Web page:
Wednesday, January 16, 2008

Shanghai Surprise with Flat Stanley

Dear TLC,

Saturday Critter and I took Flat Stanley to downtown Portland for lunch and to see some of the sights. We took him to Fong Chong’s restaurant in Chinatown for dim sum. Flat Stanley watched in fascination as the wait staff rolled little carts of food around the restaurant. Each cart contained two or three food items, in little plates or steamer bowls, and the visitor gets to choose what they’d like to eat from the cart. “Shrimp roll? Shrimp dumpling?” You take what you want and wait for the next cart to roll through.

“What’s it mean, dim sum?” asked Flat Stanley. I learned later that it means, literally, “touch the heart”; in essence, “order to your heart’s content.”

Critter and I sampled several things and most of lunch conversation went like this:

Me: What’s that pink thing with the peas in it?
Critter: I don’t know. But it’s really good.
Me: What’s in it?
Critter: Peas…?
Flat Stanley: I think it’s a shrimp ball…

Chinatown is located next to Portland’s Old Town shopping district so many visitors make a day of it, sampling really good food and then continuing to the open air market by the river. A new Chinese Garden is now open and there are lots of little art galleries close by.

For a taste of really old Chinatown and Old Town, visitors can go on tours of the Shanghai Tunnels, located beneath the city. These tunnels were built in the 1800’s to move goods from the ships docked in the river to basements of warehouses and such in the city. But they were also used to kidnap unsuspecting sailors and workmen and sell them into slavery across the ocean. Many of the old bars had trapdoors built in to capture a person and hold them for the next shipment out. Don’t worry—no one uses the tunnels anymore—it’s simply a tourist attraction now.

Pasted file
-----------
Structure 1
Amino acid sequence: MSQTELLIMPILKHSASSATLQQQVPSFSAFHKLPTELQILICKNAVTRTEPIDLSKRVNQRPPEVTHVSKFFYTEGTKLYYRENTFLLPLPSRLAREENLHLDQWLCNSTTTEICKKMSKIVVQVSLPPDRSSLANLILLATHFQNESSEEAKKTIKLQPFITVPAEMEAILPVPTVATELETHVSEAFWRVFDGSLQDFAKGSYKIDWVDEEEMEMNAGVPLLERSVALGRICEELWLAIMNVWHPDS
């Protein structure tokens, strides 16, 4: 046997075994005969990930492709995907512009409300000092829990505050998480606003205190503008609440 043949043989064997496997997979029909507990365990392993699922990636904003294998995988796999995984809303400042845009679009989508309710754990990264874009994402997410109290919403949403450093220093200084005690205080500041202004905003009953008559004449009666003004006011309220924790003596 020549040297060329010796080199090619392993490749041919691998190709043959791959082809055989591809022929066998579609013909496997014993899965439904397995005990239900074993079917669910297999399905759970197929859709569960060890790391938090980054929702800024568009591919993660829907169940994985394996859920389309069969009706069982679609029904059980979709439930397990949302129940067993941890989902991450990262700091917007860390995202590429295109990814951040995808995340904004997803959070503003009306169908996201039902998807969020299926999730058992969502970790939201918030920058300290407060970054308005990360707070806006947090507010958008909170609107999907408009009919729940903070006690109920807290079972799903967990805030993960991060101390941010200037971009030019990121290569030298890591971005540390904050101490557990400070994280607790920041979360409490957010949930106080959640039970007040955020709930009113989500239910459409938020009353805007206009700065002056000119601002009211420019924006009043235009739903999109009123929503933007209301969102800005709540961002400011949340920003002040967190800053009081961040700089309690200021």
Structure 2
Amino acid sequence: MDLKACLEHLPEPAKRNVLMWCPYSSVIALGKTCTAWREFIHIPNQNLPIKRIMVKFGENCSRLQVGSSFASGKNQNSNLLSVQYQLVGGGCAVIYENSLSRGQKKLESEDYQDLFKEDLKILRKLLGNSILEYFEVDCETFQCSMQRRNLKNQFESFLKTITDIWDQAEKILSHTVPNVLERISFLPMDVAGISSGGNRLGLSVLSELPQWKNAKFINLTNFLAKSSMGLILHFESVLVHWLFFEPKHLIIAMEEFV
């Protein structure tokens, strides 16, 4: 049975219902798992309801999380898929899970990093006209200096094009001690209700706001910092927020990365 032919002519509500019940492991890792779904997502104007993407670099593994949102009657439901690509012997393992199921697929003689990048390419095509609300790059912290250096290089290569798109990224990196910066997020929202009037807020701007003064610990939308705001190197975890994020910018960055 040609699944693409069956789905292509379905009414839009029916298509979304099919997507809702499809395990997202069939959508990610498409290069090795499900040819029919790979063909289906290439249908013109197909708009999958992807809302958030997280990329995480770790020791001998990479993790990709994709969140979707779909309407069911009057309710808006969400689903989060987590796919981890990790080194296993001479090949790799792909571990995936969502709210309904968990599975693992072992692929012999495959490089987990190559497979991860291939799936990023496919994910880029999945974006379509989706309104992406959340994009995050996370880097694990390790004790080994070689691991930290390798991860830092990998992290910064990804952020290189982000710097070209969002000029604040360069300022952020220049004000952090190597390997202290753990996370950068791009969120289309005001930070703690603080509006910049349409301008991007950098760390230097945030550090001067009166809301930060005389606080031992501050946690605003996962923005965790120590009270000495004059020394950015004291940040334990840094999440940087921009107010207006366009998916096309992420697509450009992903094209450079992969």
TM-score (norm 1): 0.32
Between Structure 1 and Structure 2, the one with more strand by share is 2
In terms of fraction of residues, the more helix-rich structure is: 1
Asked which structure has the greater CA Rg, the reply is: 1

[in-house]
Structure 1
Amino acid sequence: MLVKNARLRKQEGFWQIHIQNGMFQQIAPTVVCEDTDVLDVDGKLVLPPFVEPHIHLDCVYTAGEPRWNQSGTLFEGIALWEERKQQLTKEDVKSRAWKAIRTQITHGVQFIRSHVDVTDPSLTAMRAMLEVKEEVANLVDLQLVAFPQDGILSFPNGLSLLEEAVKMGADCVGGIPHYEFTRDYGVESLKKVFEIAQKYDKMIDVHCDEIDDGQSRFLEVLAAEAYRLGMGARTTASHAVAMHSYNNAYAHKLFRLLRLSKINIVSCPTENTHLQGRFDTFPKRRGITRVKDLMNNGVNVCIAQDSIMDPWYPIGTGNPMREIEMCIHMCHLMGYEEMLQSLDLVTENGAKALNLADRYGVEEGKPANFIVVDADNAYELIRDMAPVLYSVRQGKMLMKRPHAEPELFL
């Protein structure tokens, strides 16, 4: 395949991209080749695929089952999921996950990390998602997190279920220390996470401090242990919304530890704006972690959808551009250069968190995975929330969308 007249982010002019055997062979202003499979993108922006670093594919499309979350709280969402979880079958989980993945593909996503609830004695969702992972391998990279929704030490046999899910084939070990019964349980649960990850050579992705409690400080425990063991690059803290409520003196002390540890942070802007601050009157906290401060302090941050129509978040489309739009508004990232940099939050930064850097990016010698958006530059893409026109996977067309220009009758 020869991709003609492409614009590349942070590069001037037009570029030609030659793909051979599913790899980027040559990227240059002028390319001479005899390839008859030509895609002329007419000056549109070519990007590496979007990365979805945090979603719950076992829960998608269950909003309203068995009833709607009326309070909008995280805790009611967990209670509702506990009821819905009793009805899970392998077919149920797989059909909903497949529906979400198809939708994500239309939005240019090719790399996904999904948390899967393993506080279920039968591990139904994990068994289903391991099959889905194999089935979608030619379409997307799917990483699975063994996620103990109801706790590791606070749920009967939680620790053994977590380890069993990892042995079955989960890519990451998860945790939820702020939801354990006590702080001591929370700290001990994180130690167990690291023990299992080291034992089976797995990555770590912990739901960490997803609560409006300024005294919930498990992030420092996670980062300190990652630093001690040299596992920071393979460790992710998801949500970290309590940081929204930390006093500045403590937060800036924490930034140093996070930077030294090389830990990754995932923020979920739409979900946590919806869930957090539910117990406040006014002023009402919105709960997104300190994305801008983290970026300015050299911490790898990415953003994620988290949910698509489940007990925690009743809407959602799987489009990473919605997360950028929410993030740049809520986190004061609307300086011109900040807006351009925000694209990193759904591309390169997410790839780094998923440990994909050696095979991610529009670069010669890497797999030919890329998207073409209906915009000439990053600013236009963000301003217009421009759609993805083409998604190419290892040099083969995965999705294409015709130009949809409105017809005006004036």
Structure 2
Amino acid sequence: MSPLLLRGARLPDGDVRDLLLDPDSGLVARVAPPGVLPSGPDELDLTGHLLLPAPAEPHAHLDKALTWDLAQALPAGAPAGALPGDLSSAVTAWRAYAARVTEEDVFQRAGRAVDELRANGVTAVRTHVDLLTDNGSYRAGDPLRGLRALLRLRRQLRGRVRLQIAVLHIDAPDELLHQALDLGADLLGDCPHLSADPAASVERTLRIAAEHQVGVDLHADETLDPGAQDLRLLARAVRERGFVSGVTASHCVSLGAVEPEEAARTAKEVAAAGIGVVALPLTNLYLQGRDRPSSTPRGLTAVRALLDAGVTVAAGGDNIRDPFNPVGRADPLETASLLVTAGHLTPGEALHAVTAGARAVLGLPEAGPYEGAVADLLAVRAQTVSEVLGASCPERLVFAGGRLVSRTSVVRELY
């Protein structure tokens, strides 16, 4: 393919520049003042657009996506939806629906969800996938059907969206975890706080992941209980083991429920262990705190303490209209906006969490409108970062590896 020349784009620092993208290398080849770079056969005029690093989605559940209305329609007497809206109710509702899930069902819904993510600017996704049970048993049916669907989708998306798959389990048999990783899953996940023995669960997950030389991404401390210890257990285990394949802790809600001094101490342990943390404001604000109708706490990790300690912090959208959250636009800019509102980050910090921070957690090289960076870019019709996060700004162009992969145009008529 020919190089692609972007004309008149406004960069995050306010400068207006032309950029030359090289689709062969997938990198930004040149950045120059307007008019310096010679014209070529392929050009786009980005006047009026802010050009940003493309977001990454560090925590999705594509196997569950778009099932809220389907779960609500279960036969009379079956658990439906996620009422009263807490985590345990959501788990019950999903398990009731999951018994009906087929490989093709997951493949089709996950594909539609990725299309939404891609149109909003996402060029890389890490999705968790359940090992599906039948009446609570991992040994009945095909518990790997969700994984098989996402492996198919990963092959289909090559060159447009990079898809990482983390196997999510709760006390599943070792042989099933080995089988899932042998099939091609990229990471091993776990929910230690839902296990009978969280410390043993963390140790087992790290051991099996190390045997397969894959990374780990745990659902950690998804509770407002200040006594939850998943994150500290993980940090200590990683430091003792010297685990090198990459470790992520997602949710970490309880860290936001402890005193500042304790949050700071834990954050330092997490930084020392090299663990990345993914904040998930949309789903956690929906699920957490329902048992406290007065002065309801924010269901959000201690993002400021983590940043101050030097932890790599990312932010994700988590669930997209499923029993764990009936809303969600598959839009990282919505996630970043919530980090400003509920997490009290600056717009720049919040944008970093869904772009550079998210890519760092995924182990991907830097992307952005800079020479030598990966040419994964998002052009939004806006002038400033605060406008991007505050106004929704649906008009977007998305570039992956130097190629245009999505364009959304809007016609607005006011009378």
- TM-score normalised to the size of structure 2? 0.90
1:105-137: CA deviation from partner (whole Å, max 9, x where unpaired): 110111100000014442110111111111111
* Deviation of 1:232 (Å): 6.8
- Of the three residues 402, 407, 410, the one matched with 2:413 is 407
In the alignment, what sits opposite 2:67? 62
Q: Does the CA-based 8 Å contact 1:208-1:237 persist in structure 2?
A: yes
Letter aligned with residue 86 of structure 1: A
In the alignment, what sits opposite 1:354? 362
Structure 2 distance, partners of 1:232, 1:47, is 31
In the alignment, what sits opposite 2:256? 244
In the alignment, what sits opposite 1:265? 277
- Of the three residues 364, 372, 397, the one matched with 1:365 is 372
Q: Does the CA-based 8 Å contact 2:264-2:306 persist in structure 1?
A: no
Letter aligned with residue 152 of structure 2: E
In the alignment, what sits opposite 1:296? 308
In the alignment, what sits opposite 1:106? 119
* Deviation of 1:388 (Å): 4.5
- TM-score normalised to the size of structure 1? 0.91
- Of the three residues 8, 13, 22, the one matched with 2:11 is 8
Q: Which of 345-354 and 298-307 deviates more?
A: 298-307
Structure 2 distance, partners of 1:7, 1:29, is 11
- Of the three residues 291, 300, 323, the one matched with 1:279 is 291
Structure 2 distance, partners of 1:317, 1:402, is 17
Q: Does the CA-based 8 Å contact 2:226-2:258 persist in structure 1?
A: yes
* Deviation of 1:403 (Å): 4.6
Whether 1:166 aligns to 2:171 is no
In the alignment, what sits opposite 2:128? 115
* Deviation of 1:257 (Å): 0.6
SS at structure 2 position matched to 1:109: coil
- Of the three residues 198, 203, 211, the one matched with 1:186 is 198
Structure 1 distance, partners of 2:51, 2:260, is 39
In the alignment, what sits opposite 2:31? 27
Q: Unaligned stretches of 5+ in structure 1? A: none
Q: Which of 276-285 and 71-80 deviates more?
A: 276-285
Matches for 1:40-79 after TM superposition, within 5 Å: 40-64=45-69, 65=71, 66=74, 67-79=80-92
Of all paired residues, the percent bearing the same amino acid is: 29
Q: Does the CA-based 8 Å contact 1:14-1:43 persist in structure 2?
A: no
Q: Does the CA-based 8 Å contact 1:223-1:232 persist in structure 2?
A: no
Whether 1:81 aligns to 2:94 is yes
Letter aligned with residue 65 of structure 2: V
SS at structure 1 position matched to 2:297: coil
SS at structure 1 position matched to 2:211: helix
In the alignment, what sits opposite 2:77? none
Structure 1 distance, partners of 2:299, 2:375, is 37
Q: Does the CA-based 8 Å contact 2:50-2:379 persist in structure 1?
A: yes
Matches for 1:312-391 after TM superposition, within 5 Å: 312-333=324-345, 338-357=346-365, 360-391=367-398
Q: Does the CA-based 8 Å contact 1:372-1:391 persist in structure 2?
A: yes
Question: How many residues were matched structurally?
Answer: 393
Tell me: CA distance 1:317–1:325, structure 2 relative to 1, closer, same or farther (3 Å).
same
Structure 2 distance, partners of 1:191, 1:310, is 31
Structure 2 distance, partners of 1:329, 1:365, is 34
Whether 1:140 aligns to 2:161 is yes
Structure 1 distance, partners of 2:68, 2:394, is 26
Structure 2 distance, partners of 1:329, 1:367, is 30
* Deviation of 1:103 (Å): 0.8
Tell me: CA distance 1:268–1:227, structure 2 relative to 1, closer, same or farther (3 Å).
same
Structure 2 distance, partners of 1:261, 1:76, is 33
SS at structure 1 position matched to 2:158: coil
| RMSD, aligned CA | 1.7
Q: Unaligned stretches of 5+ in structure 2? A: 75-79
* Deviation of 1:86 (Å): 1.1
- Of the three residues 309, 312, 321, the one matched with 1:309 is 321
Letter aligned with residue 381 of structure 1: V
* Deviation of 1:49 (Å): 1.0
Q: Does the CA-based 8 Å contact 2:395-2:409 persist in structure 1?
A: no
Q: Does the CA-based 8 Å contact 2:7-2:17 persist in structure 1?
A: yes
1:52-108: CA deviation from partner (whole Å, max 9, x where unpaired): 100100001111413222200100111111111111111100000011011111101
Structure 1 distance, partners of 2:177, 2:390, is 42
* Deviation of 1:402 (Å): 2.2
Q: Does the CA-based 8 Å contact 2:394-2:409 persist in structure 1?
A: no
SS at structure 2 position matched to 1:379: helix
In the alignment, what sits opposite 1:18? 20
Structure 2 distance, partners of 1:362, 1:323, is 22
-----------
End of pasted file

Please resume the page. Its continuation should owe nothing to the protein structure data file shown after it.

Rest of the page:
After lunch, we walked around Chinatown and then went to Powells, the City of Books. This bookstore is a favorite and fills an entire city block. I especially like the Gold Room which has a large section devoted to science fiction and fantasy. Authors from all over come to this Portland bookstore to sign books. And parts of the building…

Next we visited Mill Ends Park, the world’s smallest park. “You’ll like this one especially, Stanley. It’s just your size.” This park was created on St. Patrick’s Day over fifty years ago for a colony of leprechauns. It is reported that snail races have occurred here, too.

Our last stop was a visit to the Oregon Museum of Science and Industry (OMSI). OMSI used to be located up on the Washington Park hill across from the Zoo but in the 1990’s it moved to a new site by the river. The site was donated by Portland General Electric and one wing of the museum is built in an old steam turbine building. The museum has a planetarium, an OMNIMAX theater, and the USS Blueback submarine.

By late afternoon we were home again. And just in time to eat dim sum leftovers!

Take care and lots of hugs!